In step 87, the initialization is continued for the second communication partner and the third party. Thus, the second communication partner also receives the certain node key being associated to its identification number via a third binary tree stored in the third party. Furthermore, the second communication partner also receives a binary tree, while the authorization server receives a node key associated with its identification number via the further (fourth) binary tree stored in the second communication partner.

At the end of the initialization, the information distribution as shown in FIG. 1 b is obtained.

The authorization server, as the third party (box 17 in FIG. 1 b), has two binary trees including the root key for each tree. The first tree has the root key KR1 and the second binary tree has the root key KR4. Furthermore, the authorization server has the node key KN2 at a certain bit position belonging to the second binary tree stored in the DVD recorder (books 18 in FIG. 1 b). Furthermore, the authorization server has a further node key KN3 for a further bit position belonging to the third binary tree stored in the application controller (second communication partner), as shown in block 19 in FIG. 1 b.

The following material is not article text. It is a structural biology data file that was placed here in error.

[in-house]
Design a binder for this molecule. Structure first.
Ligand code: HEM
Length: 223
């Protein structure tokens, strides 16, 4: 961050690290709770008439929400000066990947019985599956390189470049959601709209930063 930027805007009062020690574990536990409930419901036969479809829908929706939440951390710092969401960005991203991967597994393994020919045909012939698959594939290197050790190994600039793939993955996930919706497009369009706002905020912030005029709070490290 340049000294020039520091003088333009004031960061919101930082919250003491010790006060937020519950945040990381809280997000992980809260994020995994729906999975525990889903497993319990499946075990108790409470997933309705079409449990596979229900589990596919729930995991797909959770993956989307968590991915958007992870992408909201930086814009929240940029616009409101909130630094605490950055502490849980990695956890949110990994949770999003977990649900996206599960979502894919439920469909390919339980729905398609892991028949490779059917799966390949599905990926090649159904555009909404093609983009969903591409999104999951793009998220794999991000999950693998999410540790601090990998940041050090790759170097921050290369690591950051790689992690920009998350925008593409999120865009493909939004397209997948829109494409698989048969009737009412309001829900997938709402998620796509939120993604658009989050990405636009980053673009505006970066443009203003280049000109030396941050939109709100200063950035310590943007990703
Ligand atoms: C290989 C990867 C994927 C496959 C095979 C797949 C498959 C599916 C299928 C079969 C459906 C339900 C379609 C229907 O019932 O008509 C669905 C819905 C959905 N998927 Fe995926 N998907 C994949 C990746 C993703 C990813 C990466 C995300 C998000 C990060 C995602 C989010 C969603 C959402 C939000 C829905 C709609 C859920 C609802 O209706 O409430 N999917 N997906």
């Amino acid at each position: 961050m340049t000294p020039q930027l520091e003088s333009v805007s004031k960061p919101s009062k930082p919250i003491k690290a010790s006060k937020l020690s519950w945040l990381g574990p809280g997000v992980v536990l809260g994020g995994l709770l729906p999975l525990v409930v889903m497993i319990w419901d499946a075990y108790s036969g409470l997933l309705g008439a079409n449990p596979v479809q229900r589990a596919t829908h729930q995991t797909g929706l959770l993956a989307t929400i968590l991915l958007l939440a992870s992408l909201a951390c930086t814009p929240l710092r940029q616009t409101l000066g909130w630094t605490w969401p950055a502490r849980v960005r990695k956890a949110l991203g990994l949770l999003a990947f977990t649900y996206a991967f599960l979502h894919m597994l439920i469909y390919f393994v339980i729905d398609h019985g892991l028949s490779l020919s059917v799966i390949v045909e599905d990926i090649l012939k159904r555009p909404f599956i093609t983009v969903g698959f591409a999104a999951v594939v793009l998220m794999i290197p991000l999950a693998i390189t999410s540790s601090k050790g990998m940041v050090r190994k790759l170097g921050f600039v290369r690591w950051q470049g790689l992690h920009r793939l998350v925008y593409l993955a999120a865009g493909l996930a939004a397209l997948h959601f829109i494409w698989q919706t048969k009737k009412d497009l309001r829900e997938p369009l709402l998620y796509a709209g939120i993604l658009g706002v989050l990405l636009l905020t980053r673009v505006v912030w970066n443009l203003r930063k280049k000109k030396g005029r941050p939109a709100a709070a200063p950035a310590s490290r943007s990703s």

The FIG. 1 b embodiment makes sure that a secure authentication not only takes place from the server to the first and second communication partners, but also takes place from the second communication partners to the authorization server. Therefore, a total number of four preferably different binary trees is required, wherein two binary trees are stored in the authorization server, while one binary tree is stored in each of the communication partners. Alternatively, when the authentication from the communication partner to the third party is not so important, no binary tree at all has to be stored in the DVD recorder or the application controller.